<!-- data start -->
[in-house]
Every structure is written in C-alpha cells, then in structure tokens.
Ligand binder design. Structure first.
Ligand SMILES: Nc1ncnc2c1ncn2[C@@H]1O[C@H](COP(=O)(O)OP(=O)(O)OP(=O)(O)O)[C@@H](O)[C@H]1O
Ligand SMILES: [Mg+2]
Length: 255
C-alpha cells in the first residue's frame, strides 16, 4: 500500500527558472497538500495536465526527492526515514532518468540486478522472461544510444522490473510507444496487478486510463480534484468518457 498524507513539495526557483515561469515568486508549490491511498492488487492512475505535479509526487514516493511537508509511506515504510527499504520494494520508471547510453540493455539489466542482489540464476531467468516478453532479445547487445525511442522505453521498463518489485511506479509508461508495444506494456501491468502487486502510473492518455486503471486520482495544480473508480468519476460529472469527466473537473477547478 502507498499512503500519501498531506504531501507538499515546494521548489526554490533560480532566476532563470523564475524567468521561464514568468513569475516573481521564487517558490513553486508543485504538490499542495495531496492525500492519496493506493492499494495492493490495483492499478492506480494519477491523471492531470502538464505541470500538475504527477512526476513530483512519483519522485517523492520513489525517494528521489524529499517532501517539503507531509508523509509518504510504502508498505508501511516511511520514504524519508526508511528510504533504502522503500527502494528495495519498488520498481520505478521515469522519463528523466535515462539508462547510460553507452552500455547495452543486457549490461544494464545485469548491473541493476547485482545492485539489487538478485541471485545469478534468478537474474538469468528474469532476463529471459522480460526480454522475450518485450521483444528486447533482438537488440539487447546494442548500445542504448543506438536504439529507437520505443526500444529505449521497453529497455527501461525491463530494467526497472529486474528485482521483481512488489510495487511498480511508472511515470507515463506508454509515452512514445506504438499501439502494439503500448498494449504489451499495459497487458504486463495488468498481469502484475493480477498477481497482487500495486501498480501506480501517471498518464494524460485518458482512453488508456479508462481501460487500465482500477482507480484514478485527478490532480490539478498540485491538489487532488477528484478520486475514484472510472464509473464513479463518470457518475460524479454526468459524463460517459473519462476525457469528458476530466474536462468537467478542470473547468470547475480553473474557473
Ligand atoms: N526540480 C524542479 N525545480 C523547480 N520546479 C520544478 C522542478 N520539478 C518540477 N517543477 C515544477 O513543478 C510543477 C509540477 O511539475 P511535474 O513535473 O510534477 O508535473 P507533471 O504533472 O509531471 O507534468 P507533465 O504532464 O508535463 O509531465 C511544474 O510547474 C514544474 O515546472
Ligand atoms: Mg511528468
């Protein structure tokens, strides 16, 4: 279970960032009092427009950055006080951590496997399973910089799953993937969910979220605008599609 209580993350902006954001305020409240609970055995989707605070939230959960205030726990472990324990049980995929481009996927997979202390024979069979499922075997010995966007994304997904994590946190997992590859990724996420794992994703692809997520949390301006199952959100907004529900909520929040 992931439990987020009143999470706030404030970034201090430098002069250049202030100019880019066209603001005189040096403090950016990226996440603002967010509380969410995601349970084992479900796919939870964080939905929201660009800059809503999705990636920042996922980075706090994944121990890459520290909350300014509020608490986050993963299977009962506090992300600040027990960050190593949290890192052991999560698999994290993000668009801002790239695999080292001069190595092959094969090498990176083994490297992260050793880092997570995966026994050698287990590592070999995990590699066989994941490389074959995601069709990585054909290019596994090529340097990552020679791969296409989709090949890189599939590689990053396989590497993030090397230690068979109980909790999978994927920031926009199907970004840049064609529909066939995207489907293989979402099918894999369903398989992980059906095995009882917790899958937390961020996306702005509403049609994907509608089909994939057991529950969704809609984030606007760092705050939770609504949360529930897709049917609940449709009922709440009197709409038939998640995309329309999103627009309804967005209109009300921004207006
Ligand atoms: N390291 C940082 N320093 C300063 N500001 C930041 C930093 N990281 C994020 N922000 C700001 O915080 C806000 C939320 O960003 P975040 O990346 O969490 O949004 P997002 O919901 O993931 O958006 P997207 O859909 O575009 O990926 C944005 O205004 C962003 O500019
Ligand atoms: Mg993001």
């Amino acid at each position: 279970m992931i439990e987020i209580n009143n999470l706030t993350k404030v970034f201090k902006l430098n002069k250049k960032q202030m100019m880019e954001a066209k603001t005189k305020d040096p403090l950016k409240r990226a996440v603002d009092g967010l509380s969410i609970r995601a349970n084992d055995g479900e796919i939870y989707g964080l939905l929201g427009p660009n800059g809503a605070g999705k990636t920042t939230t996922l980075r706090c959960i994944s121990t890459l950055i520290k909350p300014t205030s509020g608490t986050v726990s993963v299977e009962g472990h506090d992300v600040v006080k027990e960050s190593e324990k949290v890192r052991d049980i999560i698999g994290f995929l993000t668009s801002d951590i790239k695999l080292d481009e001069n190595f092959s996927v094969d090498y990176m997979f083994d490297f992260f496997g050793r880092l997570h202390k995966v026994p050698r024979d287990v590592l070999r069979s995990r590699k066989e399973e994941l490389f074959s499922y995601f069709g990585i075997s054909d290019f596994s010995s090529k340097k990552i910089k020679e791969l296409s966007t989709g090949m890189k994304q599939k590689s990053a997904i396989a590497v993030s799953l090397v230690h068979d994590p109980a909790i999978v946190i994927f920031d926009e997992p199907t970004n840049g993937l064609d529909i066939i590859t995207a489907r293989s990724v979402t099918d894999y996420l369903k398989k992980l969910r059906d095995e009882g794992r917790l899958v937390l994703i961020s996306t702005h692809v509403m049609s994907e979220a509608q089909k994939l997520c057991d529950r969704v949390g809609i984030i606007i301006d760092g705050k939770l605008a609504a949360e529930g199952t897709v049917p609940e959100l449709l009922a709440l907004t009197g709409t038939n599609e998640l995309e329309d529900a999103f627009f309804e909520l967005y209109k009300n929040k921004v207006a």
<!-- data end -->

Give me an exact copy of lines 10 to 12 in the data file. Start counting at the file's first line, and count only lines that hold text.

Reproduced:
């Protein structure tokens, strides 16, 4: 279970960032009092427009950055006080951590496997399973910089799953993937969910979220605008599609 209580993350902006954001305020409240609970055995989707605070939230959960205030726990472990324990049980995929481009996927997979202390024979069979499922075997010995966007994304997904994590946190997992590859990724996420794992994703692809997520949390301006199952959100907004529900909520929040 992931439990987020009143999470706030404030970034201090430098002069250049202030100019880019066209603001005189040096403090950016990226996440603002967010509380969410995601349970084992479900796919939870964080939905929201660009800059809503999705990636920042996922980075706090994944121990890459520290909350300014509020608490986050993963299977009962506090992300600040027990960050190593949290890192052991999560698999994290993000668009801002790239695999080292001069190595092959094969090498990176083994490297992260050793880092997570995966026994050698287990590592070999995990590699066989994941490389074959995601069709990585054909290019596994090529340097990552020679791969296409989709090949890189599939590689990053396989590497993030090397230690068979109980909790999978994927920031926009199907970004840049064609529909066939995207489907293989979402099918894999369903398989992980059906095995009882917790899958937390961020996306702005509403049609994907509608089909994939057991529950969704809609984030606007760092705050939770609504949360529930897709049917609940449709009922709440009197709409038939998640995309329309999103627009309804967005209109009300921004207006
Ligand atoms: N390291 C940082 N320093 C300063 N500001 C930041 C930093 N990281 C994020 N922000 C700001 O915080 C806000 C939320 O960003 P975040 O990346 O969490 O949004 P997002 O919901 O993931 O958006 P997207 O859909 O575009 O990926 C944005 O205004 C962003 O500019
Ligand atoms: Mg993001």